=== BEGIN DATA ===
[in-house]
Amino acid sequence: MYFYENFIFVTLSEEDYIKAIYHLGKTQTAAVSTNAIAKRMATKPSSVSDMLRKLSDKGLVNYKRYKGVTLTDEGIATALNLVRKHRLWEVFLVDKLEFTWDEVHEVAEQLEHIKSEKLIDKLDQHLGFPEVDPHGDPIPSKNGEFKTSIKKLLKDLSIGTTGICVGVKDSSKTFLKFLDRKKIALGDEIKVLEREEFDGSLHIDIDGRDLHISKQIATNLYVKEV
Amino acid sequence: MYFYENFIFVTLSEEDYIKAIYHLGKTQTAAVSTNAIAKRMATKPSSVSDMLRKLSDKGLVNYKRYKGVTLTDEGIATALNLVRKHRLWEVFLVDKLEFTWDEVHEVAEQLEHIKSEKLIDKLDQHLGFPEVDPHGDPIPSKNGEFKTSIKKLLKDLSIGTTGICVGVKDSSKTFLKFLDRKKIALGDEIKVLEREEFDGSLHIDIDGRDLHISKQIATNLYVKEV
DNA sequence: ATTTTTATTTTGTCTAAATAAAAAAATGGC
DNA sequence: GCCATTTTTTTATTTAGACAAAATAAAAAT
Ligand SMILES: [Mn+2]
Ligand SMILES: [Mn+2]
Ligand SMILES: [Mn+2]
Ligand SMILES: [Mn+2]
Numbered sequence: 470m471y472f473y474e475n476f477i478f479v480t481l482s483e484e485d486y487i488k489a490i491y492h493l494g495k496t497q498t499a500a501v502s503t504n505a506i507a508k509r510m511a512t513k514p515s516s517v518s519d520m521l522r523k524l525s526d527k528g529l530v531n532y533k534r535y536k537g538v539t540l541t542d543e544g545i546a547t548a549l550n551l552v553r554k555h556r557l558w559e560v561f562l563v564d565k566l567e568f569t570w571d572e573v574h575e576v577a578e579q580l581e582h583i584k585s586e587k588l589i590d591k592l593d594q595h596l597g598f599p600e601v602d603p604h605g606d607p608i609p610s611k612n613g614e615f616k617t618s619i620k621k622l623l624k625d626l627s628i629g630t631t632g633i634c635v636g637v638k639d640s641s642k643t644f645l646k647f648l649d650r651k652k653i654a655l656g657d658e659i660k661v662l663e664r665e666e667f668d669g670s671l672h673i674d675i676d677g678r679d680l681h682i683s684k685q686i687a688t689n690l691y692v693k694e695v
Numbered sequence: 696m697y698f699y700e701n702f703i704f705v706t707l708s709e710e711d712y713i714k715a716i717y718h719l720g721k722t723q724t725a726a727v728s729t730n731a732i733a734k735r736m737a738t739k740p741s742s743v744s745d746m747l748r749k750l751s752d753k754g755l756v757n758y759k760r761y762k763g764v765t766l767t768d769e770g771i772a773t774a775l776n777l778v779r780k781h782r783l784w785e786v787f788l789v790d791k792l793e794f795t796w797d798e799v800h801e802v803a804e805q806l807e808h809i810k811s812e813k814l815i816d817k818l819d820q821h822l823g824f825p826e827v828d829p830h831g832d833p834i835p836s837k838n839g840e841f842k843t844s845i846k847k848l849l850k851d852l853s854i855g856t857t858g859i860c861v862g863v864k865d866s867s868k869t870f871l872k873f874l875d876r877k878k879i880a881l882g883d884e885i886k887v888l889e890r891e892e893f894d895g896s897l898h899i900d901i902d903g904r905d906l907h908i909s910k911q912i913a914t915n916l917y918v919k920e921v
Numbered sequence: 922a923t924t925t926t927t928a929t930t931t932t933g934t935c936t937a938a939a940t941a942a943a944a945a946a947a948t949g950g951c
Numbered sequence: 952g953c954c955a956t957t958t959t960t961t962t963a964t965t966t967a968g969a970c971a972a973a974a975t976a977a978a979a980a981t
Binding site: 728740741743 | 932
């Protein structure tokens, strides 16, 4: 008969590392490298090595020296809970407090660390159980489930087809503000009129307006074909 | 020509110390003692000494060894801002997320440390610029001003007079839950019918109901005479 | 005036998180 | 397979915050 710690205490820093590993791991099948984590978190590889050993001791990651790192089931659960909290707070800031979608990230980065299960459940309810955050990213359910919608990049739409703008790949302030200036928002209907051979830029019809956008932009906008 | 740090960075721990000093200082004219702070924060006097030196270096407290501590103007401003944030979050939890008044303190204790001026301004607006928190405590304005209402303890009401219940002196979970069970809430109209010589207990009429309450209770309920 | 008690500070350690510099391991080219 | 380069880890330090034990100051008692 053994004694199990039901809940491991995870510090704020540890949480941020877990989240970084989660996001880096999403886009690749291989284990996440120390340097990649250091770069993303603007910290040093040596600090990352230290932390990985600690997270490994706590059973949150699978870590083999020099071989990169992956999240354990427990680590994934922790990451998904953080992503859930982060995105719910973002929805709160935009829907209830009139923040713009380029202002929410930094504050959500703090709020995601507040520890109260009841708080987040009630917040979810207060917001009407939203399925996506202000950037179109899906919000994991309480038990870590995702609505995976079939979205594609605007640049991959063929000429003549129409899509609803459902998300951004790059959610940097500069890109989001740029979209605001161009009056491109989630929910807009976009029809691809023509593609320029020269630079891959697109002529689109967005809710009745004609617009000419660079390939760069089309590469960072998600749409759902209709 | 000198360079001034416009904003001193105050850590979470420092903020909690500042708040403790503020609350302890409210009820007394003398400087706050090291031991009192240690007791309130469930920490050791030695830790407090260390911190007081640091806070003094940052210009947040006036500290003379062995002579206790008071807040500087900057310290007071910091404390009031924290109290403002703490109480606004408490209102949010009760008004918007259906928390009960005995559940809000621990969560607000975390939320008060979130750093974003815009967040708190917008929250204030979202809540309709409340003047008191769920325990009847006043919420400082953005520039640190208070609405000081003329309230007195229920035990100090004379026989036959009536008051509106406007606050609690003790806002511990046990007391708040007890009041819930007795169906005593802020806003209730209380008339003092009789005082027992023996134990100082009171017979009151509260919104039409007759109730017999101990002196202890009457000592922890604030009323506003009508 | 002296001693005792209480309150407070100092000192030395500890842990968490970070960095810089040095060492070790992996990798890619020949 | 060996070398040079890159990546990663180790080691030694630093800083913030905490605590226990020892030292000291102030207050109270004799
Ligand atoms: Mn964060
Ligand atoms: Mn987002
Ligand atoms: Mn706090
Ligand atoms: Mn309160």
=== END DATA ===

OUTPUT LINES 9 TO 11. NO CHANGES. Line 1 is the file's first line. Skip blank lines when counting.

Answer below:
Ligand SMILES: [Mn+2]
Numbered sequence: 470m471y472f473y474e475n476f477i478f479v480t481l482s483e484e485d486y487i488k489a490i491y492h493l494g495k496t497q498t499a500a501v502s503t504n505a506i507a508k509r510m511a512t513k514p515s516s517v518s519d520m521l522r523k524l525s526d527k528g529l530v531n532y533k534r535y536k537g538v539t540l541t542d543e544g545i546a547t548a549l550n551l552v553r554k555h556r557l558w559e560v561f562l563v564d565k566l567e568f569t570w571d572e573v574h575e576v577a578e579q580l581e582h583i584k585s586e587k588l589i590d591k592l593d594q595h596l597g598f599p600e601v602d603p604h605g606d607p608i609p610s611k612n613g614e615f616k617t618s619i620k621k622l623l624k625d626l627s628i629g630t631t632g633i634c635v636g637v638k639d640s641s642k643t644f645l646k647f648l649d650r651k652k653i654a655l656g657d658e659i660k661v662l663e664r665e666e667f668d669g670s671l672h673i674d675i676d677g678r679d680l681h682i683s684k685q686i687a688t689n690l691y692v693k694e695v
Numbered sequence: 696m697y698f699y700e701n702f703i704f705v706t707l708s709e710e711d712y713i714k715a716i717y718h719l720g721k722t723q724t725a726a727v728s729t730n731a732i733a734k735r736m737a738t739k740p741s742s743v744s745d746m747l748r749k750l751s752d753k754g755l756v757n758y759k760r761y762k763g764v765t766l767t768d769e770g771i772a773t774a775l776n777l778v779r780k781h782r783l784w785e786v787f788l789v790d791k792l793e794f795t796w797d798e799v800h801e802v803a804e805q806l807e808h809i810k811s812e813k814l815i816d817k818l819d820q821h822l823g824f825p826e827v828d829p830h831g832d833p834i835p836s837k838n839g840e841f842k843t844s845i846k847k848l849l850k851d852l853s854i855g856t857t858g859i860c861v862g863v864k865d866s867s868k869t870f871l872k873f874l875d876r877k878k879i880a881l882g883d884e885i886k887v888l889e890r891e892e893f894d895g896s897l898h899i900d901i902d903g904r905d906l907h908i909s910k911q912i913a914t915n916l917y918v919k920e921v